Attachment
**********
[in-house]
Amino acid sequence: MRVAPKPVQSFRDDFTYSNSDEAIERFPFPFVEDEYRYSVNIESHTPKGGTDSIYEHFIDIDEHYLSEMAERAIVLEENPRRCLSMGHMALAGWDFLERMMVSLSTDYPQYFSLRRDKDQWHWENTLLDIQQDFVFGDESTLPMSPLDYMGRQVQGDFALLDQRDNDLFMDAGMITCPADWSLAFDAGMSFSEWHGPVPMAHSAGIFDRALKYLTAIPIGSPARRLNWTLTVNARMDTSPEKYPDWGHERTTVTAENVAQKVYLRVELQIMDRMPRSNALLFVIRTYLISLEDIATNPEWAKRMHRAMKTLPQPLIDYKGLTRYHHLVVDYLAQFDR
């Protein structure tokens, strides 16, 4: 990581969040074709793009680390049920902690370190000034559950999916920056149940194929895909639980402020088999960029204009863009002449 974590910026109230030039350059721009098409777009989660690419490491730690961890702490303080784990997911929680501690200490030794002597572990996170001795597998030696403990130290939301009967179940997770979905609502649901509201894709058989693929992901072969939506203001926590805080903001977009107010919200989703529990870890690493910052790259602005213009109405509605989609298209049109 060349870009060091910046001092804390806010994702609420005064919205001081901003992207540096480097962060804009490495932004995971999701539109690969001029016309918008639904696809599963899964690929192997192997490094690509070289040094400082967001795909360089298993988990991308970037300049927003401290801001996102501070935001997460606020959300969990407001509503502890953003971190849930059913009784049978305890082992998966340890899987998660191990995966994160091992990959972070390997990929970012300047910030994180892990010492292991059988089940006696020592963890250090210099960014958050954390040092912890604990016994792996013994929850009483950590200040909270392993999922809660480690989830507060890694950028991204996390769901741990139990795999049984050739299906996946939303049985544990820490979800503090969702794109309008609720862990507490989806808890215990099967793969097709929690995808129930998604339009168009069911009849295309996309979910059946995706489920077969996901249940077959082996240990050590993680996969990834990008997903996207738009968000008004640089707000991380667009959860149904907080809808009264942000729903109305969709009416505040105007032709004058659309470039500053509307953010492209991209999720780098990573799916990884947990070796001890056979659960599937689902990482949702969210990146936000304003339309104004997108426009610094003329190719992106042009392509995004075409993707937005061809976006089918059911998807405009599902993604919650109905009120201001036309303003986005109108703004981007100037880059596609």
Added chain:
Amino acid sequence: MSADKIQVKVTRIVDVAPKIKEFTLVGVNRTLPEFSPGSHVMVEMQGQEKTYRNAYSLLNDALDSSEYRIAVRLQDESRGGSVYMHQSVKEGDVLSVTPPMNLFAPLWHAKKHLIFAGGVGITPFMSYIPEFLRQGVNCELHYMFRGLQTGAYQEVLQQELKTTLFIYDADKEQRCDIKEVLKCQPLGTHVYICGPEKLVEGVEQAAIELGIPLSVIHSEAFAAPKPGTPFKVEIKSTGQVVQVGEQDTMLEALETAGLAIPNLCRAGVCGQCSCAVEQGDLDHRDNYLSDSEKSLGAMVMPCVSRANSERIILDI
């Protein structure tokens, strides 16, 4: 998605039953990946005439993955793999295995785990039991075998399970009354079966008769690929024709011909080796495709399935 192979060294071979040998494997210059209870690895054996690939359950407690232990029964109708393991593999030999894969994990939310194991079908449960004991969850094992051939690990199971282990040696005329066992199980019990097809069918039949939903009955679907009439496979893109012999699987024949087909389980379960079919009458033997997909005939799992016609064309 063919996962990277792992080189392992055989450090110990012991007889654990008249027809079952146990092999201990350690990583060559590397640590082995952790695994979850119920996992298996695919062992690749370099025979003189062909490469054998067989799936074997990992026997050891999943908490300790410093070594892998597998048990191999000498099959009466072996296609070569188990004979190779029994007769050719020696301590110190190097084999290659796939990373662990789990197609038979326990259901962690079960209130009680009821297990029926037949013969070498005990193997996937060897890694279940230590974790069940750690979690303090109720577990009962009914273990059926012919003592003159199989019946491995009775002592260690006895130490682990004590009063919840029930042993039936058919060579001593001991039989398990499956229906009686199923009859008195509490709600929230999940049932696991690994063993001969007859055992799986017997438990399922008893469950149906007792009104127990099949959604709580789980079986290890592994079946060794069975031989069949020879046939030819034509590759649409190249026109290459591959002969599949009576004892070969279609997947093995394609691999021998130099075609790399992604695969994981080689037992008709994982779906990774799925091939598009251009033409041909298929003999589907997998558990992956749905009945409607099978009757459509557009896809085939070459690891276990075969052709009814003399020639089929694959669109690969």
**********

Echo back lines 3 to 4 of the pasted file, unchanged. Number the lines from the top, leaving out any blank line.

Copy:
């Protein structure tokens, strides 16, 4: 990581969040074709793009680390049920902690370190000034559950999916920056149940194929895909639980402020088999960029204009863009002449 974590910026109230030039350059721009098409777009989660690419490491730690961890702490303080784990997911929680501690200490030794002597572990996170001795597998030696403990130290939301009967179940997770979905609502649901509201894709058989693929992901072969939506203001926590805080903001977009107010919200989703529990870890690493910052790259602005213009109405509605989609298209049109 060349870009060091910046001092804390806010994702609420005064919205001081901003992207540096480097962060804009490495932004995971999701539109690969001029016309918008639904696809599963899964690929192997192997490094690509070289040094400082967001795909360089298993988990991308970037300049927003401290801001996102501070935001997460606020959300969990407001509503502890953003971190849930059913009784049978305890082992998966340890899987998660191990995966994160091992990959972070390997990929970012300047910030994180892990010492292991059988089940006696020592963890250090210099960014958050954390040092912890604990016994792996013994929850009483950590200040909270392993999922809660480690989830507060890694950028991204996390769901741990139990795999049984050739299906996946939303049985544990820490979800503090969702794109309008609720862990507490989806808890215990099967793969097709929690995808129930998604339009168009069911009849295309996309979910059946995706489920077969996901249940077959082996240990050590993680996969990834990008997903996207738009968000008004640089707000991380667009959860149904907080809808009264942000729903109305969709009416505040105007032709004058659309470039500053509307953010492209991209999720780098990573799916990884947990070796001890056979659960599937689902990482949702969210990146936000304003339309104004997108426009610094003329190719992106042009392509995004075409993707937005061809976006089918059911998807405009599902993604919650109905009120201001036309303003986005109108703004981007100037880059596609």
Added chain: